Researchers, led by Katharine McLaughlin, examined the relationship between changes in vital signs and admission to an intensive care unit (ICU) in patients with acute myeloid or lymphoblastic leukemia following induction chemotherapy. They reported that respiratory rate (RR) and fraction of expired oxygen (FiO2) requirement changes predicted disease deterioration that led to ICU admission, which was consistent with the most common reason for ICU admission in the cohort, respiratory failure.
The retrospective analysis, published in Hematology included seven ICU patients and 30 controls. Changes in heart rate, mean arterial pressure, temperature, RR, and FiO2 needed to maintain stable oxygen saturation were compared to baseline levels over the 24 hours prior to ICU admission, or the five days following chemotherapy initiation.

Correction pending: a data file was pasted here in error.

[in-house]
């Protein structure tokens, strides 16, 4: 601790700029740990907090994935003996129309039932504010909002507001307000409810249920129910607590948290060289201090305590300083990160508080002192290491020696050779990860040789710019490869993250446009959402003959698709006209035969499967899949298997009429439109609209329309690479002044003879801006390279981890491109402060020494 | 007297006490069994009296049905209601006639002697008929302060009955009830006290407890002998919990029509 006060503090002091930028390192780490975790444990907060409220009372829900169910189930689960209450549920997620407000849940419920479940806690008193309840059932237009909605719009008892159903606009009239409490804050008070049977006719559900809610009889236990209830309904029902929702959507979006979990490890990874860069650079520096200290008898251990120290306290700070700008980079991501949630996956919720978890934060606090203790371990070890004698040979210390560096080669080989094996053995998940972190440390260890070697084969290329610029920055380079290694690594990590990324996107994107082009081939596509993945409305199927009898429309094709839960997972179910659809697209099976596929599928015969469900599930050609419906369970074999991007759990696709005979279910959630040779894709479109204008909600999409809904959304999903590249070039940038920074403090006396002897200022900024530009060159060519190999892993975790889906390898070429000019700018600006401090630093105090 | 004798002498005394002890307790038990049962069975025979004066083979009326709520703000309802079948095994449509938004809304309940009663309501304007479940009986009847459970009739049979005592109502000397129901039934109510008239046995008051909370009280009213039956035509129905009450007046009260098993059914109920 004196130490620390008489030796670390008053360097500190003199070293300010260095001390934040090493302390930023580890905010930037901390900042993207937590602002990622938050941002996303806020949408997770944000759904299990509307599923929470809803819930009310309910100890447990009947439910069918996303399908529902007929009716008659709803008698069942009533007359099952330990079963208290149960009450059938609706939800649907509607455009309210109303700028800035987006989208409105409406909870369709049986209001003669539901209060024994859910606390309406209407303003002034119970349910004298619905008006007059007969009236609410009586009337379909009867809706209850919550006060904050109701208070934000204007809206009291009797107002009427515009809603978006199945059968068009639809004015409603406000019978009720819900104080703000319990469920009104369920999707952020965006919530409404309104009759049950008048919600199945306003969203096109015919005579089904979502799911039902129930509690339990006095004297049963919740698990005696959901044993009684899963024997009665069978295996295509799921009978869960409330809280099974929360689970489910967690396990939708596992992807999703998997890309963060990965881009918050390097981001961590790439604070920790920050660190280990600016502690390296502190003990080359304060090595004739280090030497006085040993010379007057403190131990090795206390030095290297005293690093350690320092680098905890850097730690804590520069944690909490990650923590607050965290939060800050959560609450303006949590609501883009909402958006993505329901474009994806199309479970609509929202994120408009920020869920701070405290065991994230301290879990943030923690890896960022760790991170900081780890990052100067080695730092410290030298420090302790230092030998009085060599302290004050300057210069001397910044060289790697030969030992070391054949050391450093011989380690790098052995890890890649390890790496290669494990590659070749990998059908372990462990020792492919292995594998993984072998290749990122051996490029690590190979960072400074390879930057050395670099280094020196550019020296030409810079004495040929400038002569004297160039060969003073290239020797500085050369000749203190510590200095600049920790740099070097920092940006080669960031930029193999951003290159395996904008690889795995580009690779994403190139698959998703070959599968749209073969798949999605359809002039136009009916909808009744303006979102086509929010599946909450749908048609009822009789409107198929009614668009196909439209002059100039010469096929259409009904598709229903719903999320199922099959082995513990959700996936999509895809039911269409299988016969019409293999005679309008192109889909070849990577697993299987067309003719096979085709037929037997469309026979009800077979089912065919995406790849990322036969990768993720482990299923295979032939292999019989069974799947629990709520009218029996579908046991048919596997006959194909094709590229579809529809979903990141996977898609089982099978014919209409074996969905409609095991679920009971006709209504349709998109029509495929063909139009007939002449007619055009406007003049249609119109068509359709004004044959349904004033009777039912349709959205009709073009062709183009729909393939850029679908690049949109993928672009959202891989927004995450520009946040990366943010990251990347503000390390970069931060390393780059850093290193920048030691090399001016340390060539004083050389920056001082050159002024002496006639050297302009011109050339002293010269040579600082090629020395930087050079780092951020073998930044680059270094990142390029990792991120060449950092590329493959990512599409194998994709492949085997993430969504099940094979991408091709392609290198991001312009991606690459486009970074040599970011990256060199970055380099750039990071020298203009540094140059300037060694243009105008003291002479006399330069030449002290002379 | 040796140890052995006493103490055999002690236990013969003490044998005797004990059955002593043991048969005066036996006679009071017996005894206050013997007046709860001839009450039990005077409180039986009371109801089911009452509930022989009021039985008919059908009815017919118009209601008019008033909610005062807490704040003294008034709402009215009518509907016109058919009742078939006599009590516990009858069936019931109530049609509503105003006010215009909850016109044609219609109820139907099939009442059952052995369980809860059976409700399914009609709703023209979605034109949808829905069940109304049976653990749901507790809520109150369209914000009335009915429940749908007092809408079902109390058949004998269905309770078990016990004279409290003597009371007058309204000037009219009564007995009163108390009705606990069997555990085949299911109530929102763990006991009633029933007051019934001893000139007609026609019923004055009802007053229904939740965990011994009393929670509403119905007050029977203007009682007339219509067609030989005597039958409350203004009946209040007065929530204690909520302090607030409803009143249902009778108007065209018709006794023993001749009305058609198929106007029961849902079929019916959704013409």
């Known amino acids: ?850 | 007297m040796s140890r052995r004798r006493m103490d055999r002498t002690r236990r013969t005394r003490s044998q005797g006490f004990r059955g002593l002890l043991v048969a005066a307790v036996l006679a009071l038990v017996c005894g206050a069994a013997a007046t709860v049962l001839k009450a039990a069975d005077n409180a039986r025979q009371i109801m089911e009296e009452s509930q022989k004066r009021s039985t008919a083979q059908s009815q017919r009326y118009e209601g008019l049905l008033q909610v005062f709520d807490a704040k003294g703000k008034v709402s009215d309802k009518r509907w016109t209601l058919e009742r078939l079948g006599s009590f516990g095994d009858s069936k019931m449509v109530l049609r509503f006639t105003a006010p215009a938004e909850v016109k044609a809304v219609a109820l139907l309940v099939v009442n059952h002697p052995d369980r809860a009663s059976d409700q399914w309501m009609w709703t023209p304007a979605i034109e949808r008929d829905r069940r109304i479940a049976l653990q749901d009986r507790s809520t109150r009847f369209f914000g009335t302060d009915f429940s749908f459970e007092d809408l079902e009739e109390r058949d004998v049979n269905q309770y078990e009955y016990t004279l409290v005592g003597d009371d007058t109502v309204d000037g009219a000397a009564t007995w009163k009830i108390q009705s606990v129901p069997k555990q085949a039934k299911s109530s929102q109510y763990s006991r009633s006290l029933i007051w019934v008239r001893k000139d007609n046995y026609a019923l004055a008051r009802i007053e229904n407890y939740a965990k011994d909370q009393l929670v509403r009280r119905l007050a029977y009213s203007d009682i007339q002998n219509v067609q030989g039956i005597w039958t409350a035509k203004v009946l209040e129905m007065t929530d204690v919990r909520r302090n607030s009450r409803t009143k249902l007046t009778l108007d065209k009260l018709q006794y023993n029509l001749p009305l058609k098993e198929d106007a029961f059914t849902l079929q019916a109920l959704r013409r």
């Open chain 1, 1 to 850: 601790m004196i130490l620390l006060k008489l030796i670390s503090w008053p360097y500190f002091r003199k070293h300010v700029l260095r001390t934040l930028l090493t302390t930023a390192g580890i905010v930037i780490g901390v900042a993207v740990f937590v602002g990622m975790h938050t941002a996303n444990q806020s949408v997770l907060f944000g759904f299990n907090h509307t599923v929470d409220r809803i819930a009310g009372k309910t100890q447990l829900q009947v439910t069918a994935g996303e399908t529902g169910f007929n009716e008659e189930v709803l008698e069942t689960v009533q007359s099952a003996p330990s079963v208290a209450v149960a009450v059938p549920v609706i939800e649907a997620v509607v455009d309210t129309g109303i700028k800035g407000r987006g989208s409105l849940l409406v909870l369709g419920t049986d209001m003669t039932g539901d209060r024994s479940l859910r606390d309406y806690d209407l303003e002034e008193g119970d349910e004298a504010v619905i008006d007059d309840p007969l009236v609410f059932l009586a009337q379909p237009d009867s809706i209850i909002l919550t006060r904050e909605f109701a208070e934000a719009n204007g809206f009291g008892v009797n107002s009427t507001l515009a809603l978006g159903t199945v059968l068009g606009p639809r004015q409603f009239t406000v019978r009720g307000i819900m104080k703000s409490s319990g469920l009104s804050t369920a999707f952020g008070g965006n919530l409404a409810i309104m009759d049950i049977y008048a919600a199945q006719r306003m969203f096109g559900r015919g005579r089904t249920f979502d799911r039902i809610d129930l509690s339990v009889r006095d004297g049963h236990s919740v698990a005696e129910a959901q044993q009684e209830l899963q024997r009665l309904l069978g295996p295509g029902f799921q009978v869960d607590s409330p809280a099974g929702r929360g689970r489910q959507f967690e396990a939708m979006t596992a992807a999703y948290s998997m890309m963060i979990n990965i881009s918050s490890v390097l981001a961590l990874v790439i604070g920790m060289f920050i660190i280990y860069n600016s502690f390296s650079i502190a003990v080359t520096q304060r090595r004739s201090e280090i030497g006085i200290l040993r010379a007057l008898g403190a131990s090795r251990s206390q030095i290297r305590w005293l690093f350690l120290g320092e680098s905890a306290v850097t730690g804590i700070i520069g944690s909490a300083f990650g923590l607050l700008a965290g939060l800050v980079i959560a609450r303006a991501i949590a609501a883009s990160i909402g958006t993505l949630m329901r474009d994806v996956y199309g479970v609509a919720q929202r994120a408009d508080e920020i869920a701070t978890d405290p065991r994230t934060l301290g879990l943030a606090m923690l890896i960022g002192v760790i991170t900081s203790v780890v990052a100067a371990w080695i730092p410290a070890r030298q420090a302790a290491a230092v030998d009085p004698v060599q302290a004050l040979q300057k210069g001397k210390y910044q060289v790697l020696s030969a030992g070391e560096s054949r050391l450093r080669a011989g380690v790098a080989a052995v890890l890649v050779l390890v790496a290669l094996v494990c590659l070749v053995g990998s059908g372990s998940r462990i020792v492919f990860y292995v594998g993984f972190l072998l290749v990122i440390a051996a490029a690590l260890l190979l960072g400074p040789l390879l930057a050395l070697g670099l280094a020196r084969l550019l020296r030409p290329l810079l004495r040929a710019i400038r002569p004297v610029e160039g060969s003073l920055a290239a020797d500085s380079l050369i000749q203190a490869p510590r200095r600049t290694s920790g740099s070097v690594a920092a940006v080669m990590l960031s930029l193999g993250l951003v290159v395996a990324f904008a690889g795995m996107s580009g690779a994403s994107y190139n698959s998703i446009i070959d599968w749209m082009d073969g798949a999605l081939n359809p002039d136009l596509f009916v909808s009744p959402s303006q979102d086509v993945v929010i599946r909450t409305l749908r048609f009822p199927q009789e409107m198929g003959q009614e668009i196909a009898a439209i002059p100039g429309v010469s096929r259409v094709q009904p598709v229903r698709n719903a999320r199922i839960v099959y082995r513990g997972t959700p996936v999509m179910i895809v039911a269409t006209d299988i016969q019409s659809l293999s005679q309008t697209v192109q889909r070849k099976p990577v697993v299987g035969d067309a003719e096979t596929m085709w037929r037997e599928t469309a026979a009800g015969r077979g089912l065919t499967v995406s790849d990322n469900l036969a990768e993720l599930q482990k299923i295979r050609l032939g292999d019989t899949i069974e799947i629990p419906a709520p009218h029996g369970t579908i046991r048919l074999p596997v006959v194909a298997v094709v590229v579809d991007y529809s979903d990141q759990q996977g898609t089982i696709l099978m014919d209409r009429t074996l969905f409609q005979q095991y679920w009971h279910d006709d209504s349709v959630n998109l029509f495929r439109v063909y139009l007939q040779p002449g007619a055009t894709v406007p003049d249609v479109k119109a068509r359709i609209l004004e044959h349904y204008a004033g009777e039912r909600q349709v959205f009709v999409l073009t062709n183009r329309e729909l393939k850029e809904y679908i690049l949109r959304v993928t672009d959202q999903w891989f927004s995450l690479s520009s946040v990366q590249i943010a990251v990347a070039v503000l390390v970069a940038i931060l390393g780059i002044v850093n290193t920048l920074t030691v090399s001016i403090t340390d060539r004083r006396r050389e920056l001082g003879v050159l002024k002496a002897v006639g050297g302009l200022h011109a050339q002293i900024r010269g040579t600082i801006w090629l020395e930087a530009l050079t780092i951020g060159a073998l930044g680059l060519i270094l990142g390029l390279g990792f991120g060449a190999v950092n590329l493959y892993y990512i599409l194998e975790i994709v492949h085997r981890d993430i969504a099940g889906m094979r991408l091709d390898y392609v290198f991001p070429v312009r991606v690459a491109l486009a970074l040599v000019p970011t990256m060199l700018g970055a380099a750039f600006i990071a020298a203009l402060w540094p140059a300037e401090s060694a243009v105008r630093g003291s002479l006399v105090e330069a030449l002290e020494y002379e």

RR and FiO2 vital signs in the ICU patients demonstrated significant change over baseline prior to ICU admission. However, temperature, heart rate, and mean arterial pressure did not demonstrate significant changes over time in either group. RR, FiO2, and heart rate were significantly higher in the ICU group at the start of data collection compared with the control group.
The authors suggested that their findings provide support for using more in-depth monitoring of RR and FiO2 vitals in acute leukemia patients as a predictor of disease deterioration—and administering early interventions if RR and FiO2 vitals change.